PECS or Picture Exchange Communication System is an augmentative and alternative form of communication that can be used across ages and disabilities. It teaches functional communication that is immediately useful for individuals who have either not developed speech or who have lost speech.
Common Questions about PECS:
What about speech?
Many parents are concerned that by implementing PECS, we are disregarding speech or talking. That is not the case. While implementing PECS, we are also addressing the development of speech. For those that have the ability to speak, we are continuously modeling and encouraging speech throughout the entire process.
Who is a good candidate for PECS?
- Anyone not using functional communication
- Anyone whose current form of communication is not easily understood by others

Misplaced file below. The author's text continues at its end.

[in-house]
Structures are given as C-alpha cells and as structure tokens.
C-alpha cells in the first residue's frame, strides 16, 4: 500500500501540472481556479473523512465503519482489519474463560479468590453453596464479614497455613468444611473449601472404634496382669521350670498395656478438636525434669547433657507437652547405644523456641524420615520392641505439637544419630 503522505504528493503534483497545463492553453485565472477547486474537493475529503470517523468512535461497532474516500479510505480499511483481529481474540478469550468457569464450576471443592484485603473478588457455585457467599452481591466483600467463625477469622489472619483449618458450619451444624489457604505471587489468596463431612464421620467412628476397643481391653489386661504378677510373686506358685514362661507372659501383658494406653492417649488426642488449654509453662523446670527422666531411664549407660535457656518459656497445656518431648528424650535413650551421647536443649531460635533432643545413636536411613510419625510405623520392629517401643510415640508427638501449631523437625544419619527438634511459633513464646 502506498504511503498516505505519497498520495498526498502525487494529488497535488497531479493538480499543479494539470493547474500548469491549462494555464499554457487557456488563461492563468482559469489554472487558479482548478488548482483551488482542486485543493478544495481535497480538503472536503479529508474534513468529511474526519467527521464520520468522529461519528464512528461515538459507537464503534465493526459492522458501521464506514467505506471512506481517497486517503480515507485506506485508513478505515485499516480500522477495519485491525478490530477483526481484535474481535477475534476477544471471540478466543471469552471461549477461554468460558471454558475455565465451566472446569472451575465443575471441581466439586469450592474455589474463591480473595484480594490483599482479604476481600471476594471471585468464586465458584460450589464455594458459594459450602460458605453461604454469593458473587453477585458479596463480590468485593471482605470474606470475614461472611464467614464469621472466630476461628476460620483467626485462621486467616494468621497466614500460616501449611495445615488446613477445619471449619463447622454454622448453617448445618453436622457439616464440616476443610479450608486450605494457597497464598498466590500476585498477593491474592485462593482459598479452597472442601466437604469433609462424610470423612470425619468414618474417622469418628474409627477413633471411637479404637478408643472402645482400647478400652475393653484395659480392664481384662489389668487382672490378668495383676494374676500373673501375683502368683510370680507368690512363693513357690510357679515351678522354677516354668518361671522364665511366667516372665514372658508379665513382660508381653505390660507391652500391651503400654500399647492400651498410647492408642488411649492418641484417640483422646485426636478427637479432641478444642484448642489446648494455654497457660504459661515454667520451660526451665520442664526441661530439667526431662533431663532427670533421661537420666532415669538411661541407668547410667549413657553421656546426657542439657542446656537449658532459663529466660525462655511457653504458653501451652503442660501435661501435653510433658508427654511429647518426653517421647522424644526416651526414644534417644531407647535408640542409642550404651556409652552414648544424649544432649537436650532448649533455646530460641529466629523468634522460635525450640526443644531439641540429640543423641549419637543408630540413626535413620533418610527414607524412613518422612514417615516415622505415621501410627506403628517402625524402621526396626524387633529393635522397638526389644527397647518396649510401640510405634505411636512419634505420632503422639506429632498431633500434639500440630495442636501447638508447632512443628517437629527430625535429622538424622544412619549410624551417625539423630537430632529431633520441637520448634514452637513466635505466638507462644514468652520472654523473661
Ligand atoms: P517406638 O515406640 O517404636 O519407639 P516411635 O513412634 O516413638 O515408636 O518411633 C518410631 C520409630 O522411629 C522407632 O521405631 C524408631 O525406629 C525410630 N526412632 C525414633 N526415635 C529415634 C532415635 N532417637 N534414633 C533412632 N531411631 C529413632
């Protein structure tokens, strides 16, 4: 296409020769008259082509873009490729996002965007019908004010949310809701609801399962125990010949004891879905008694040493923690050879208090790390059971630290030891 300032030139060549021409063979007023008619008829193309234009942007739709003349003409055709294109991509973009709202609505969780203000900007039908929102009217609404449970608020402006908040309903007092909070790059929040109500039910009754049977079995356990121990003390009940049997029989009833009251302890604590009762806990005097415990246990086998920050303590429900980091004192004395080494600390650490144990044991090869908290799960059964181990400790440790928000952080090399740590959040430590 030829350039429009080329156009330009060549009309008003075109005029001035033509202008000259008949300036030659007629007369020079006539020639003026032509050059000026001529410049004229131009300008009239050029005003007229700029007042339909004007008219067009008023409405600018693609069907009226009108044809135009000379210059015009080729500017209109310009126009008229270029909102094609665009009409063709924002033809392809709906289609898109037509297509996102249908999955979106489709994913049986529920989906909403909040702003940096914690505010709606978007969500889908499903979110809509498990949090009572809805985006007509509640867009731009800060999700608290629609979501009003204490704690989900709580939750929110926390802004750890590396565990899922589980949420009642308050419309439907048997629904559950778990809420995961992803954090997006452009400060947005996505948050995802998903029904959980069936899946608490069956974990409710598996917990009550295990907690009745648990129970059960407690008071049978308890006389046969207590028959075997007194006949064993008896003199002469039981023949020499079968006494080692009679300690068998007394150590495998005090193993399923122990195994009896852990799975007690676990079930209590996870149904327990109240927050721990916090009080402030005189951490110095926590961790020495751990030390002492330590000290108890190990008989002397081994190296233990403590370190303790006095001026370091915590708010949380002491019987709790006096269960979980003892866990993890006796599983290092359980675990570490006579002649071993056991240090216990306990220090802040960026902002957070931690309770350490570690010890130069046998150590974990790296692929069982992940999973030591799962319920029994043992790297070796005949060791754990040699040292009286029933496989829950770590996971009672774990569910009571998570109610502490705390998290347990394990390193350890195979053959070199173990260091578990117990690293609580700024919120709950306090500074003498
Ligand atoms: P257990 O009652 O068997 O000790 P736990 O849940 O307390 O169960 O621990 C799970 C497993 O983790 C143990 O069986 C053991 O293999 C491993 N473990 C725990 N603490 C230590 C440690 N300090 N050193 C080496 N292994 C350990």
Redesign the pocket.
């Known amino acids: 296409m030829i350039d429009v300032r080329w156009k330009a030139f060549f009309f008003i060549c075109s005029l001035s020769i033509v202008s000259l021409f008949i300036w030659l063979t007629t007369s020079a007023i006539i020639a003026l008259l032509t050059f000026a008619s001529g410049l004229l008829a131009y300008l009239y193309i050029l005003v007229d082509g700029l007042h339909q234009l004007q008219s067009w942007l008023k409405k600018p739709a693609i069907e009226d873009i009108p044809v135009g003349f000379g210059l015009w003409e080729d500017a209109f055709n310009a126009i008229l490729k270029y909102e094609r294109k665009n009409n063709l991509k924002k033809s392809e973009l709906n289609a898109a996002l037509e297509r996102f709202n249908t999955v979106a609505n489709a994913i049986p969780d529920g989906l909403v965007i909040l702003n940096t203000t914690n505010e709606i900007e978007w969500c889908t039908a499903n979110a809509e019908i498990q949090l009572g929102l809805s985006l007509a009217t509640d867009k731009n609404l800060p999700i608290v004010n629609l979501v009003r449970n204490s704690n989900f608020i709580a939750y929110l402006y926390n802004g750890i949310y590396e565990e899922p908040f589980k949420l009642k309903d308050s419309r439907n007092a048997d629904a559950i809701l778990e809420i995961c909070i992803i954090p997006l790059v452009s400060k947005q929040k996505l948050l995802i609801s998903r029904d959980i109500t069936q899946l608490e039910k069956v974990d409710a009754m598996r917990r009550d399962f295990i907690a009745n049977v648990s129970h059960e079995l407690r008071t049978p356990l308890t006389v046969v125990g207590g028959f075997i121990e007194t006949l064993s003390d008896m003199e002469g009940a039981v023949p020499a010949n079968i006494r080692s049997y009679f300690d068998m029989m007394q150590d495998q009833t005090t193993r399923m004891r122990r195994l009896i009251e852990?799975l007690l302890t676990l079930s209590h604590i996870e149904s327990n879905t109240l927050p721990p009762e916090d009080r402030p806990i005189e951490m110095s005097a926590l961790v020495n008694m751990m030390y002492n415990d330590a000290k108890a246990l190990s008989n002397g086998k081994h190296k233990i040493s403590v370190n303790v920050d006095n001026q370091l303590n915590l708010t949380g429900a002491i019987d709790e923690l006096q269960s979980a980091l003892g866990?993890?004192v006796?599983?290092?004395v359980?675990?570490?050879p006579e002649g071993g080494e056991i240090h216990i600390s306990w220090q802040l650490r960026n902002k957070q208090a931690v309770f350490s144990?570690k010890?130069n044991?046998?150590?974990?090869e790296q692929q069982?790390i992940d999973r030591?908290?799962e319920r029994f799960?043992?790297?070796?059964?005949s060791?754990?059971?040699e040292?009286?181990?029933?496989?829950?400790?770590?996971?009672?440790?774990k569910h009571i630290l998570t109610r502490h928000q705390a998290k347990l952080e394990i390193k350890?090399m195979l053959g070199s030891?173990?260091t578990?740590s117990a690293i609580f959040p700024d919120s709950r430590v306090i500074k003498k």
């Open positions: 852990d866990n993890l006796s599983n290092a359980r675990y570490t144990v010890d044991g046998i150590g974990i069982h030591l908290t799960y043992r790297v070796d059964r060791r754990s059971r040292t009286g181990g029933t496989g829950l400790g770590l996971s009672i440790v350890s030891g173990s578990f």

- Anyone who is not initiating communication
- Anyone needing increased length of utterance
- Anyone who needs to increase his/her vocabulary
How is PECS taught?
PECS is taught in phases, some of which require 2 adults.
- Phase I: The goal of Phase I is to initiate communicative interaction. The child is taught to make requests by giving a single picture to the communication partner who is sitting directly across from him.
- Phase II: The goal of Phase II is to teach the child to persist in making his requests across obstacles. We are teaching the child to either take the picture or the entire PECS book to the communication partner (who may not be right next to him) and make a request.
- Phase III: The goal of Phase III is to teach the child to choose from a larger array of pictures in his book to make requests.
- Phase IV: The goal of Phase IV is to build toward spontaneous requesting. This will allow the child to use complete sentences when making requests or making comments.
Who is qualified to teach PECS?
Only people who have been trained in PECS are qualified to teach the exact protocol. If your child is learning to use PECS, it is very important for you to learn it as well. The PECS protocol will only be successful if everyone interacting with the child is on the same page and has the same expectations for the child.
If you have more questions about PECS or your child’s speech, contact a speech therapist.